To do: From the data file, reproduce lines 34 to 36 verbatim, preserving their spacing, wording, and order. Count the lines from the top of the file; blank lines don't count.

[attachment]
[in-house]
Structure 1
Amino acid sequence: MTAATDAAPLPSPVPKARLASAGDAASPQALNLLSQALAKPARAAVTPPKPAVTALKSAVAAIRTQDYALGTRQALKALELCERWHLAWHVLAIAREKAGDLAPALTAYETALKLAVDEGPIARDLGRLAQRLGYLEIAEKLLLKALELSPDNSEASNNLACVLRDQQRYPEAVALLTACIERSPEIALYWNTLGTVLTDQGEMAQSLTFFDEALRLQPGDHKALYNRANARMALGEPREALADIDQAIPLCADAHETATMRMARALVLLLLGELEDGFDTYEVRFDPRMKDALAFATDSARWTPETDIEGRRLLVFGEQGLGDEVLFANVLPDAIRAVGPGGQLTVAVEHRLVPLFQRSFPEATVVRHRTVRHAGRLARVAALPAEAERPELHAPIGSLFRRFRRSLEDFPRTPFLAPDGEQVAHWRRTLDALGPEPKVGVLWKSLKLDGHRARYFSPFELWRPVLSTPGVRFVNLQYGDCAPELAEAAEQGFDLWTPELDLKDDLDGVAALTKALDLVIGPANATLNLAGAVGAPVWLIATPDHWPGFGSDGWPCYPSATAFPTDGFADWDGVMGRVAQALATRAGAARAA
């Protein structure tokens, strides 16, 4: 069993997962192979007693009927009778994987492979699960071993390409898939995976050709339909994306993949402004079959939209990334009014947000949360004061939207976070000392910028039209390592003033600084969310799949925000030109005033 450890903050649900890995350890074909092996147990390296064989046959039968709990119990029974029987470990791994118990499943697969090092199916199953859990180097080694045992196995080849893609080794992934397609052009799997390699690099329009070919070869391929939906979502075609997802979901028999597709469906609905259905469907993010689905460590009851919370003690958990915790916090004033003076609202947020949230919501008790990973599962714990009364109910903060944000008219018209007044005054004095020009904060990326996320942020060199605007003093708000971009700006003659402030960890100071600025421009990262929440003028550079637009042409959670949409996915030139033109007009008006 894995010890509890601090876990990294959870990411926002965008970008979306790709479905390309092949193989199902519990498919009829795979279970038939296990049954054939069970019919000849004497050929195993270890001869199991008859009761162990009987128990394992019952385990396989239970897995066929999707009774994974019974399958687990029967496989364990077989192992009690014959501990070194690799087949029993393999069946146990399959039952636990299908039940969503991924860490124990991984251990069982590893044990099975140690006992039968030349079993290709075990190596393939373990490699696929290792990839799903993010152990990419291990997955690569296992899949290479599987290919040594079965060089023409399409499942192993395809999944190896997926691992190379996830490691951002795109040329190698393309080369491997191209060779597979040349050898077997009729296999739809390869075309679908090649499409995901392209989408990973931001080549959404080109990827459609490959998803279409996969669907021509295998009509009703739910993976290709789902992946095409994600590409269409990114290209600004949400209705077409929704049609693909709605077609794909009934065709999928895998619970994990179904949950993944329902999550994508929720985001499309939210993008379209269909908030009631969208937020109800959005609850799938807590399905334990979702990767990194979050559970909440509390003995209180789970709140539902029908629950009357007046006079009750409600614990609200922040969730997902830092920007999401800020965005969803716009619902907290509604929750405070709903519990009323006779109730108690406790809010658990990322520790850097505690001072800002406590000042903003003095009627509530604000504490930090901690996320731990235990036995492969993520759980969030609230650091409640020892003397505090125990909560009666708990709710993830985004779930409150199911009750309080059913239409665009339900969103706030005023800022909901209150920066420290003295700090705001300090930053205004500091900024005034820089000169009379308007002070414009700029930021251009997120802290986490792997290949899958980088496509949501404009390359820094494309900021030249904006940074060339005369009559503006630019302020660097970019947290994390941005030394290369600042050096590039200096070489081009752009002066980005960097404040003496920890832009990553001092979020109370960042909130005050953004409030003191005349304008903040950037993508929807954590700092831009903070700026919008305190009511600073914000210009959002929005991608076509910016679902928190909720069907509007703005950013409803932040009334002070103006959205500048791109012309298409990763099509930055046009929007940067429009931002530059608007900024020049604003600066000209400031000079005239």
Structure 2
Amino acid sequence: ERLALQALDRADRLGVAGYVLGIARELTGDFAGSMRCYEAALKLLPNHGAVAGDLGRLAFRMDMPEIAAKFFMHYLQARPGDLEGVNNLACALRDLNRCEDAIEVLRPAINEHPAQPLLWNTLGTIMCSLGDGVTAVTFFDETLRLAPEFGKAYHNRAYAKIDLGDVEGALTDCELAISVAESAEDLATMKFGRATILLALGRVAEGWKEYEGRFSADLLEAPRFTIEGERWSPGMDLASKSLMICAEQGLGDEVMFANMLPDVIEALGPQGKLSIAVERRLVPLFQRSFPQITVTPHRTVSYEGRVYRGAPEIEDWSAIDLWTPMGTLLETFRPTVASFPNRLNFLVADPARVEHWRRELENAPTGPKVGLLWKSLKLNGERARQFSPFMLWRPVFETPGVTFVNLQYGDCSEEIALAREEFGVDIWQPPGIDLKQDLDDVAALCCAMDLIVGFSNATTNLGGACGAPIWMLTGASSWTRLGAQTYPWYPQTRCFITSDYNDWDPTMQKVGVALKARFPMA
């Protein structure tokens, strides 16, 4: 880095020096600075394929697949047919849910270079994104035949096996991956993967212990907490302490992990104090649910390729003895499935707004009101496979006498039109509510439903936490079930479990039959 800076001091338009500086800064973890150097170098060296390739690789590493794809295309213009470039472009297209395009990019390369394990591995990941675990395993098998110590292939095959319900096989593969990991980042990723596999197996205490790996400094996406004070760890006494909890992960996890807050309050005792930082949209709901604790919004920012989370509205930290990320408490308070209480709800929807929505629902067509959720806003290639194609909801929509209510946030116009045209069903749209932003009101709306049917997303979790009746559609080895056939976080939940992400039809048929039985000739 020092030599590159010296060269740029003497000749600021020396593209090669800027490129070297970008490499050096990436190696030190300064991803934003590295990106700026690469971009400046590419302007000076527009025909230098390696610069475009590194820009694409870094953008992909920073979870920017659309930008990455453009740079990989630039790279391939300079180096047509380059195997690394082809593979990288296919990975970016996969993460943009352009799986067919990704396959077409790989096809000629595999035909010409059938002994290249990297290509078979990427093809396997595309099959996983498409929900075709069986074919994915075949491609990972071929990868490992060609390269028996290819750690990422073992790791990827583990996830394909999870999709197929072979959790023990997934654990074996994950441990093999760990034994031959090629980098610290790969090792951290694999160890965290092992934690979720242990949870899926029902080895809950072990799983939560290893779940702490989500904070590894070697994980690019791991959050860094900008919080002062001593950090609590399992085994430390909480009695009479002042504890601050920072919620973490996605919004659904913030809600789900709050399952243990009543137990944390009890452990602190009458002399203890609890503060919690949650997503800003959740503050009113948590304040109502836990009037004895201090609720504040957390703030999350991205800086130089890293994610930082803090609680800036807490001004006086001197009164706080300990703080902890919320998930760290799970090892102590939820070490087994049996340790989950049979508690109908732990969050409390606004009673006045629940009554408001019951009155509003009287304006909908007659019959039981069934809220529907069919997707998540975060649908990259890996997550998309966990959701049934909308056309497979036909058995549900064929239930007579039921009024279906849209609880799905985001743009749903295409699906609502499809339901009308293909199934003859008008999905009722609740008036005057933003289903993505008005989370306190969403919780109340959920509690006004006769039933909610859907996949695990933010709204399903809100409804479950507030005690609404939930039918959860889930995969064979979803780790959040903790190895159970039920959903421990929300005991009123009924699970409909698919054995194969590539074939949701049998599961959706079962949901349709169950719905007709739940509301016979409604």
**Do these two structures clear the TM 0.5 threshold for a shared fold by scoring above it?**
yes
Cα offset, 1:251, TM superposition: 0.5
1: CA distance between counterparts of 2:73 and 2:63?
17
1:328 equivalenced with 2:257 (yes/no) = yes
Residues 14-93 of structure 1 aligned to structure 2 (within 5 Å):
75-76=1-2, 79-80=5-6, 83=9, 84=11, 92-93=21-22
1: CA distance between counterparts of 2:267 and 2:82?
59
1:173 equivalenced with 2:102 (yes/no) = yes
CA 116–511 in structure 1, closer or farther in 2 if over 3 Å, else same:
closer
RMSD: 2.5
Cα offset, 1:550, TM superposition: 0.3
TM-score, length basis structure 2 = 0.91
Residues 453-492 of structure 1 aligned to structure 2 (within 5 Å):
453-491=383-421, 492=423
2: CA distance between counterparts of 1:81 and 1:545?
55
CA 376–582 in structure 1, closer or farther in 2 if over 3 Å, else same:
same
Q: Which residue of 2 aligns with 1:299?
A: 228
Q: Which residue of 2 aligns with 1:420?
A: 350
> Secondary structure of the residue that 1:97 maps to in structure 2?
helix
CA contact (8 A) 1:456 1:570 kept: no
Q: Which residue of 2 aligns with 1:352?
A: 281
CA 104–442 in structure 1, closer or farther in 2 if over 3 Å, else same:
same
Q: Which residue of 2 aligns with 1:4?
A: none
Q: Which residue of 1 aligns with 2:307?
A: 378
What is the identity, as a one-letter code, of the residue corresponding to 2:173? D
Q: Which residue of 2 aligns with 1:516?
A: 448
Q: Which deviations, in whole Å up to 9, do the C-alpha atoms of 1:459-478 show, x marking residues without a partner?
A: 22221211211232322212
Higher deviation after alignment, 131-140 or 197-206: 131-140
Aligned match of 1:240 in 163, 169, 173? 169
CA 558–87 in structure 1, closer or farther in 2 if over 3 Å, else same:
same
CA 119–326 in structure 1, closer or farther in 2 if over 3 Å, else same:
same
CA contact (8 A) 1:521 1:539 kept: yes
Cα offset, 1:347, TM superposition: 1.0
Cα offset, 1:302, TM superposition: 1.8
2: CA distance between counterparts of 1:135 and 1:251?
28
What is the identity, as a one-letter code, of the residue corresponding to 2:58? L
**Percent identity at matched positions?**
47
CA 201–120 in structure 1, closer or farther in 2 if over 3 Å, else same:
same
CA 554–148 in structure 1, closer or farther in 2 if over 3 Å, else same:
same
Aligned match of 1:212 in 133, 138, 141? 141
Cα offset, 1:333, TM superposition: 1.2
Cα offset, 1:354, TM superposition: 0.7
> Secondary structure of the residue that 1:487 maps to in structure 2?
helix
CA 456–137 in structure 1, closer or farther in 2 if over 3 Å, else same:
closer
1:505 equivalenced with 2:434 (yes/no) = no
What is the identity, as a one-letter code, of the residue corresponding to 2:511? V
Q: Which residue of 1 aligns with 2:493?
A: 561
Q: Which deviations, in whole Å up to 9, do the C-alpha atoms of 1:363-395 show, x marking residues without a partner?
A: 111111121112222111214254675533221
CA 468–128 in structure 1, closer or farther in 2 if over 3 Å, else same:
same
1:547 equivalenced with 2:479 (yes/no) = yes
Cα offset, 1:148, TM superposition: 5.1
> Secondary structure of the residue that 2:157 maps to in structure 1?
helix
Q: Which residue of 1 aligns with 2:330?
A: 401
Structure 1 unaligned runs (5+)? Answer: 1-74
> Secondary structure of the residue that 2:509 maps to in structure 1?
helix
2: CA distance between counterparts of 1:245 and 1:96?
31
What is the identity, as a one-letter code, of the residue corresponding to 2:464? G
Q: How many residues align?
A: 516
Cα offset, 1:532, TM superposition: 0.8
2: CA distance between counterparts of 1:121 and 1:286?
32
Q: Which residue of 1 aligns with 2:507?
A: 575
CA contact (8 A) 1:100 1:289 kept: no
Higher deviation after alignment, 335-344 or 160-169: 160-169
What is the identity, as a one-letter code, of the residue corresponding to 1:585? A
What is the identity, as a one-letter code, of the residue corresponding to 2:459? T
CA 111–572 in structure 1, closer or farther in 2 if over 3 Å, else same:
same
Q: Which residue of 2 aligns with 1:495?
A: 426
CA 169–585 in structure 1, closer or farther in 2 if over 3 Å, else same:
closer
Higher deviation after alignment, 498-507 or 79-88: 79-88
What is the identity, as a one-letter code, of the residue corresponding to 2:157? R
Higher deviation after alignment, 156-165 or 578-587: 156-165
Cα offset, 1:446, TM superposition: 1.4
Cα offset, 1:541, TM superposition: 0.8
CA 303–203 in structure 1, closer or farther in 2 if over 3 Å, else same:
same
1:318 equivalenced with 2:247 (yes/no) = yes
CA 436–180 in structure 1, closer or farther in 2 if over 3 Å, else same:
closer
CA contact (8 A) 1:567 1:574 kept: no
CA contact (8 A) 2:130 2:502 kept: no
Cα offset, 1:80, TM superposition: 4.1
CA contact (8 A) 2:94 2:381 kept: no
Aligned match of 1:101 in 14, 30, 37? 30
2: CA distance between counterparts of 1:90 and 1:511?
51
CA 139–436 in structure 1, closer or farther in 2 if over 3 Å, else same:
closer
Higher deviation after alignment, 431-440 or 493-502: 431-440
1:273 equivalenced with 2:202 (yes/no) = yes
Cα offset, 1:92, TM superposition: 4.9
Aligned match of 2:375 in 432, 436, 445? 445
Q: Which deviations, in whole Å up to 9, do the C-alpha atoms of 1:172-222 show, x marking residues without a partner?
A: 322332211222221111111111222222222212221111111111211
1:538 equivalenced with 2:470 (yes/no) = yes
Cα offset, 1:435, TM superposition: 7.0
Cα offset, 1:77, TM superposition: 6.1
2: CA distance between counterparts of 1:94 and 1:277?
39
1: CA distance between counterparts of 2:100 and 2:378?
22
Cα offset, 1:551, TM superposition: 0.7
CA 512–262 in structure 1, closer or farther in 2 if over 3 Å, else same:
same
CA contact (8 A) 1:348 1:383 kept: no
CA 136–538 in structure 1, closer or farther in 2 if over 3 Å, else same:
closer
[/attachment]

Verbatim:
> Secondary structure of the residue that 1:97 maps to in structure 2?
helix
CA contact (8 A) 1:456 1:570 kept: no